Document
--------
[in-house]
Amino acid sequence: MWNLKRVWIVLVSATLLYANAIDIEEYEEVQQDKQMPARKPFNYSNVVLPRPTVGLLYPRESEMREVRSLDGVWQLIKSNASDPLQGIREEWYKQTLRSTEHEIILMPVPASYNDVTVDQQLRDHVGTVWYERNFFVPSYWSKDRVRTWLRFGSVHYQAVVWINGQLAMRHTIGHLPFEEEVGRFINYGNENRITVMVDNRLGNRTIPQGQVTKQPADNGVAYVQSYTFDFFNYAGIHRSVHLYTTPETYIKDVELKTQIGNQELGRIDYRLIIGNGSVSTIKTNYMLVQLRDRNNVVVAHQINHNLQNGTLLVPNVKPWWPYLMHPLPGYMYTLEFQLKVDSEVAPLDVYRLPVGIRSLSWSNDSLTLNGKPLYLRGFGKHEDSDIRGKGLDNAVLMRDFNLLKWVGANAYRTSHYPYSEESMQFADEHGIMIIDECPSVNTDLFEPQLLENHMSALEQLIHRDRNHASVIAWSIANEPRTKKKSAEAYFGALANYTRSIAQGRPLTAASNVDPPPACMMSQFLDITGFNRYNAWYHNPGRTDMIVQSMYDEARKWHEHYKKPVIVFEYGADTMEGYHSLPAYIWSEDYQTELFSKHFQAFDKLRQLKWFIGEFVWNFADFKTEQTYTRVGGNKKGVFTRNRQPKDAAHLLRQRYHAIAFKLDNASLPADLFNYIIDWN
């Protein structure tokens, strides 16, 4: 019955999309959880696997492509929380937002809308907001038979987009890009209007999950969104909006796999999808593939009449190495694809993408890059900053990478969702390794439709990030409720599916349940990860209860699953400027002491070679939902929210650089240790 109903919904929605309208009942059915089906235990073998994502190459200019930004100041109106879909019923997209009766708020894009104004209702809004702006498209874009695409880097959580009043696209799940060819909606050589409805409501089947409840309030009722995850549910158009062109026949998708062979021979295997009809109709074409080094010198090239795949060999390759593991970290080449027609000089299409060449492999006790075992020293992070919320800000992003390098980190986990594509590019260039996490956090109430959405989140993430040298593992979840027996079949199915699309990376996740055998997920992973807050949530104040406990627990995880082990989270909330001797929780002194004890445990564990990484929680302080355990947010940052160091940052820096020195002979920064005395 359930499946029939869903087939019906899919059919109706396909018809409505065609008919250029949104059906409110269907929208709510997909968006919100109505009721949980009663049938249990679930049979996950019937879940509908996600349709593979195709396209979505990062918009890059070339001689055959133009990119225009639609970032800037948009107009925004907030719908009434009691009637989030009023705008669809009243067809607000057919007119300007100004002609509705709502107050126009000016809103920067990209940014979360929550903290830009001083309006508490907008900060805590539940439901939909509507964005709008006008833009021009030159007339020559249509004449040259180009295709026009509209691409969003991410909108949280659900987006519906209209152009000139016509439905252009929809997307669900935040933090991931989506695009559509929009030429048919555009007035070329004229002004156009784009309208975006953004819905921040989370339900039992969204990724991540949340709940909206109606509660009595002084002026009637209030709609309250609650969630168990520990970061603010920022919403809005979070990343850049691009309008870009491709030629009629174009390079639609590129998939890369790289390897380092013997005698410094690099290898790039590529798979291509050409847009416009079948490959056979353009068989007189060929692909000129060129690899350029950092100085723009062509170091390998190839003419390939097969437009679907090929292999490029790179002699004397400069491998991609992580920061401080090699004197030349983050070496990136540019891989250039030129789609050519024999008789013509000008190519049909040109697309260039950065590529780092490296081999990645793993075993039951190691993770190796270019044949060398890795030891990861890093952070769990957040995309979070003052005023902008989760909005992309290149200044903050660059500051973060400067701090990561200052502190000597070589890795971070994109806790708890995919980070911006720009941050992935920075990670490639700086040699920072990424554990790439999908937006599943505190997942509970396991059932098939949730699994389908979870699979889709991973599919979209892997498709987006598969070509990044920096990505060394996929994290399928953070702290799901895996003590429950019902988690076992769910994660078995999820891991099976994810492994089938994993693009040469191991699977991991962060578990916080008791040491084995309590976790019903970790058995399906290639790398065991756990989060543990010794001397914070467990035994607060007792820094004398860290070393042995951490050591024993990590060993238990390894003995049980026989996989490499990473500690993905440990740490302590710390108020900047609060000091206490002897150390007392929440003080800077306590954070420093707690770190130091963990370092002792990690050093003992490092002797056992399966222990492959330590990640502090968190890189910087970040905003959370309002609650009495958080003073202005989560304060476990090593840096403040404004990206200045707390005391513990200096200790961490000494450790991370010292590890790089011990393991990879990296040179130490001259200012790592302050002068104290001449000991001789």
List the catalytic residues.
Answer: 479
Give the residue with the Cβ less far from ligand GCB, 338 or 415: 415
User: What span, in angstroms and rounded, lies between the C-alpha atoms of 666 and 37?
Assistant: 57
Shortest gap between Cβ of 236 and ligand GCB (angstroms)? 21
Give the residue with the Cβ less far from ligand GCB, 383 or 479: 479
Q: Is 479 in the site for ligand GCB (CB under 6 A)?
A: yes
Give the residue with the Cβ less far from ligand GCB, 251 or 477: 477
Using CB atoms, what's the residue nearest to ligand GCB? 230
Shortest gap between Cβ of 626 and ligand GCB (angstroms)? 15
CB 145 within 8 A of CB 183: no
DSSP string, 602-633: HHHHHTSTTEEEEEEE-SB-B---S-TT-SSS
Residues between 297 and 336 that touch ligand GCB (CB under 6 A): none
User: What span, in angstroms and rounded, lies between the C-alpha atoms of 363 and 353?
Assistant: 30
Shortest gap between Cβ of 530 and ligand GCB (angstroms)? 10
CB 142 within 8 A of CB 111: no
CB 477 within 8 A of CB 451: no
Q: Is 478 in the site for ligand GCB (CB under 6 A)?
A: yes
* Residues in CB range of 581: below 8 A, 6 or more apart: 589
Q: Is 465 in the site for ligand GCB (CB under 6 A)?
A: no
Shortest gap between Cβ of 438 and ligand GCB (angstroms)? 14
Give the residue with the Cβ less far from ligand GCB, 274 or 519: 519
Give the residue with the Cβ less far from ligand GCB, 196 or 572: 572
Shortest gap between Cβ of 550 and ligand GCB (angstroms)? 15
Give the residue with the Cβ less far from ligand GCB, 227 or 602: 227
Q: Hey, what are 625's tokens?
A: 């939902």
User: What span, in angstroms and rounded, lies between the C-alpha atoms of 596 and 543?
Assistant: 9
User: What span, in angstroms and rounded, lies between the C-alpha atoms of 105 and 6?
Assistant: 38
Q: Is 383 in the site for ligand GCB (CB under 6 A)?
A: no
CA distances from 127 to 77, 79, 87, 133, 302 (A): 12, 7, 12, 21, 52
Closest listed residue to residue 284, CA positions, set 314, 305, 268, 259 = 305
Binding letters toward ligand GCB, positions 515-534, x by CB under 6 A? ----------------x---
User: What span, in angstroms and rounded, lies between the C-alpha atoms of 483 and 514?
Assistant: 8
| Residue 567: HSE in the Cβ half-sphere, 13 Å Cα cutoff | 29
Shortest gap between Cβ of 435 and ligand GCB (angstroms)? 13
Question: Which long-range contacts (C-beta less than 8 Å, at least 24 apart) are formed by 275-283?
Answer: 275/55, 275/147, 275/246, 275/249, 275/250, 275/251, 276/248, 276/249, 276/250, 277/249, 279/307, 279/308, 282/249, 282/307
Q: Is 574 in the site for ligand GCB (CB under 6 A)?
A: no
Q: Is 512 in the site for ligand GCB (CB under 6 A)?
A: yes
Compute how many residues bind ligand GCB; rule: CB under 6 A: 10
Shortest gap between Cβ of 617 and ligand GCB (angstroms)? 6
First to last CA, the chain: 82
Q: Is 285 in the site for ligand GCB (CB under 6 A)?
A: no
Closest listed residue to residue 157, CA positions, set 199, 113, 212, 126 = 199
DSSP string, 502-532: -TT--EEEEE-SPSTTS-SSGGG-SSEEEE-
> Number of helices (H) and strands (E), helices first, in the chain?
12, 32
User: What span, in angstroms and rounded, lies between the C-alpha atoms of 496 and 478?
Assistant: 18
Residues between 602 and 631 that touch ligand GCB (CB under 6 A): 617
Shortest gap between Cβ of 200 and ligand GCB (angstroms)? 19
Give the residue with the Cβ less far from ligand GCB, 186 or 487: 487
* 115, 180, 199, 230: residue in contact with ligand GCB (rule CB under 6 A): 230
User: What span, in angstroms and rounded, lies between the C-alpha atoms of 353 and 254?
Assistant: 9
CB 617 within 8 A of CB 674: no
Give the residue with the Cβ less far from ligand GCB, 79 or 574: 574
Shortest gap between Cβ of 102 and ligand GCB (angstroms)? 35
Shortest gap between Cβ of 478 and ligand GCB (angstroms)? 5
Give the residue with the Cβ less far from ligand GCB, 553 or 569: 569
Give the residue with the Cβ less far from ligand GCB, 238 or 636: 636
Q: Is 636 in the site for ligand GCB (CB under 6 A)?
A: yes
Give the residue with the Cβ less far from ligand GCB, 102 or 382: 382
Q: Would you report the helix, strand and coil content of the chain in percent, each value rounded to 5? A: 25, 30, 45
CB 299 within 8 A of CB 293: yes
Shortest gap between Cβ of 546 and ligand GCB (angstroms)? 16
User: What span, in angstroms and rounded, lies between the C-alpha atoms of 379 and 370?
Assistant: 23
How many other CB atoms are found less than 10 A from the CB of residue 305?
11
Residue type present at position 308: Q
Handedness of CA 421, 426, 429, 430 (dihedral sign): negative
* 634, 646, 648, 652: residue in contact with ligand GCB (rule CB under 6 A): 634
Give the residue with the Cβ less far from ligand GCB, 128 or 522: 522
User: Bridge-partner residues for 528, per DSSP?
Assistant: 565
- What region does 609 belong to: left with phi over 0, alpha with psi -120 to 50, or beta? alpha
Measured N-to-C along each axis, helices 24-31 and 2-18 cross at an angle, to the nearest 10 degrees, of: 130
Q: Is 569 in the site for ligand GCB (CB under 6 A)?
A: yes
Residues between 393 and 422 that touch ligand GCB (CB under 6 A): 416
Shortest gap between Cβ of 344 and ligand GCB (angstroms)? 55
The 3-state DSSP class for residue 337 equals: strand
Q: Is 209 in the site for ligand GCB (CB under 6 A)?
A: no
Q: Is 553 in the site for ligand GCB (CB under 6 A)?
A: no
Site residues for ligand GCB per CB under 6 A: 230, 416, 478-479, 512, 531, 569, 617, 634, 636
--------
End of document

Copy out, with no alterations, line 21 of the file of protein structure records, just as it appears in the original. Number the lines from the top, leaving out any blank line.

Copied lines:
Shortest gap between Cβ of 530 and ligand GCB (angstroms)? 10